Team Japan headshot.
Former Canada men's national team member has found a new role with Japan’s men’s national para ice hockey team

Trusting the process

HoT: What are your personal goals over the course of your contract?

Bowden: My personal goals are to succeed.

I was a skilled player for many years and I'm all about passing on those skills that I've learned that made me such an influential player when I was on the ice. I think that if I can pass along some of those skill sets and help create a bit of a culture around some of those principles that I learned in Canada ; simple skill sets and the fundamentals and all that.

My personal goals are to create a life out here and do the best that I can to build the sport and create a successful program and help players achieve what they want to achieve and hopefully help them make their dreams come true like some of my dreams came true in the past playing the sport.

A lot of players have been through a lot out here and it's pretty cool to get to work with players that want to work hard and want to someday win a medal at the Paralympic level. I intend to hopefully do something to help them achieve that.

HoT: What were some of the initial challenges in your role?

Bowden: One of the big challenges is the language. A lot of things get lost in translation. I've been fortunate enough to be around a few people that do speak English. I also had a few people on the team that did help out with some of the translation in the beginning.

One of the other ones is the culture. It's different. There's not a big hockey culture out here but there are a lot of hockey players that play out here. For the average person in Japan, almost everyone is unaware of the rules of the game and the unspoken rules. All of these little things that we take for granted in Canada that we learn at a young age just because it's on television every day or we're playing it at school every day at recess.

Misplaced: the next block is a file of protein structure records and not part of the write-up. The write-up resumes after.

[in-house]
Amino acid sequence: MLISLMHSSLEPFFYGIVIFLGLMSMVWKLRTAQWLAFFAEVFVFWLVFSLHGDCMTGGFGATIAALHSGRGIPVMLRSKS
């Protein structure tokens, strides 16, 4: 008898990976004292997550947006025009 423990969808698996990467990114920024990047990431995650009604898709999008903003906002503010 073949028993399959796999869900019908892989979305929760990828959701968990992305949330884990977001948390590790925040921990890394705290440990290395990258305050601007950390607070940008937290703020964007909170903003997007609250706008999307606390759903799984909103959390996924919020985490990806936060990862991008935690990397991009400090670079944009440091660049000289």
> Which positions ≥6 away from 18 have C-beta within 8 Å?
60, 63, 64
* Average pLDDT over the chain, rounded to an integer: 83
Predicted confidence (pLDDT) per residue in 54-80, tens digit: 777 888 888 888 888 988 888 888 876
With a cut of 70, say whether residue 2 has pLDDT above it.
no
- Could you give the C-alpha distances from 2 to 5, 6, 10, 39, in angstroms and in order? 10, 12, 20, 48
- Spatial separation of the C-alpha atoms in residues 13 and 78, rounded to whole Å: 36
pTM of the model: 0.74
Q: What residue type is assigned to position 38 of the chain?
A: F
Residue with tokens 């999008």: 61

It’s different to be somewhere where it's a new sport that's unique to some of these players. That's been one of the challenges is trying to get the information across through speaking English and trying to get that translated. I've had some help and luckily I've been able to find some people to help me out with some of the other, more intense translation stuff that's done. We're doing pretty good as a staff right now. There are many challenges, the same problems that other teams have building their program and getting those skill sets going.

HoT: How did you form a bond with the players and staff?

Bowden: When I got here, it was pretty easy because I think a lot of the players were just eager to listen to what I had to say. I think a lot of them were fans of the sport and most of the players that play watched a lot of the top teams play. I think that they really followed a lot of what I had done in the past and they were fans of Billy Bridges, Greg Westlake and Adam Dixon.

It's pretty cool to come over here and have players sit down at the table and be really eager to listen to what I have to say and listen to my feedback and take some of the constructive criticism. They used to watch me play and they know that I'm coming from a place where I've actually done all of the things that I'm suggesting to them. They have just such a level of respect for me and I can really feel the respect.